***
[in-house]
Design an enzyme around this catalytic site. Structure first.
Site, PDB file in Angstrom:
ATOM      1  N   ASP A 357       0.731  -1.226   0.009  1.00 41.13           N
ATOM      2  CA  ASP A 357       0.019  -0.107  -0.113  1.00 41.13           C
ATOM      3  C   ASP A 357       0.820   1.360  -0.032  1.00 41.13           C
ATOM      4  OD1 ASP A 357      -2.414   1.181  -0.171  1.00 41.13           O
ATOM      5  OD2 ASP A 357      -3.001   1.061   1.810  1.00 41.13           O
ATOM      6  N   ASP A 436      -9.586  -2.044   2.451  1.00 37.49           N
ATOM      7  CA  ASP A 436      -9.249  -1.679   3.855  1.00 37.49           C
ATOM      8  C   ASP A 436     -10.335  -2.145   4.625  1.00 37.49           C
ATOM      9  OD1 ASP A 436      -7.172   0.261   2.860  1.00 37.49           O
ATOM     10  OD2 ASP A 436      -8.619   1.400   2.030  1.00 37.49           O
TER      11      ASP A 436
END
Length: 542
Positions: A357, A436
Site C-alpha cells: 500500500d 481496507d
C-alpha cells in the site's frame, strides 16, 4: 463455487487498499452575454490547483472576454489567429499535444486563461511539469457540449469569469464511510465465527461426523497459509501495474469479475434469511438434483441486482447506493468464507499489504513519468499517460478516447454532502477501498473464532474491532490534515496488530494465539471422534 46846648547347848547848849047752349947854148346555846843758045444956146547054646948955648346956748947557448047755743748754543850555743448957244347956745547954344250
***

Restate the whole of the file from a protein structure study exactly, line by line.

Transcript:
[in-house]
Design an enzyme around this catalytic site. Structure first.
Site, PDB file in Angstrom:
ATOM      1  N   ASP A 357       0.731  -1.226   0.009  1.00 41.13           N
ATOM      2  CA  ASP A 357       0.019  -0.107  -0.113  1.00 41.13           C
ATOM      3  C   ASP A 357       0.820   1.360  -0.032  1.00 41.13           C
ATOM      4  OD1 ASP A 357      -2.414   1.181  -0.171  1.00 41.13           O
ATOM      5  OD2 ASP A 357      -3.001   1.061   1.810  1.00 41.13           O
ATOM      6  N   ASP A 436      -9.586  -2.044   2.451  1.00 37.49           N
ATOM      7  CA  ASP A 436      -9.249  -1.679   3.855  1.00 37.49           C
ATOM      8  C   ASP A 436     -10.335  -2.145   4.625  1.00 37.49           C
ATOM      9  OD1 ASP A 436      -7.172   0.261   2.860  1.00 37.49           O
ATOM     10  OD2 ASP A 436      -8.619   1.400   2.030  1.00 37.49           O
TER      11      ASP A 436
END
Length: 542
Positions: A357, A436
Site C-alpha cells: 500500500d 481496507d
C-alpha cells in the site's frame, strides 16, 4: 463455487487498499452575454490547483472576454489567429499535444486563461511539469457540449469569469464511510465465527461426523497459509501495474469479475434469511438434483441486482447506493468464507499489504513519468499517460478516447454532502477501498473464532474491532490534515496488530494465539471422534 46846648547347848547848849047752349947854148346555846843758045444956146547054646948955648346956748947557448047755743748754543850555743448957244347956745547954344250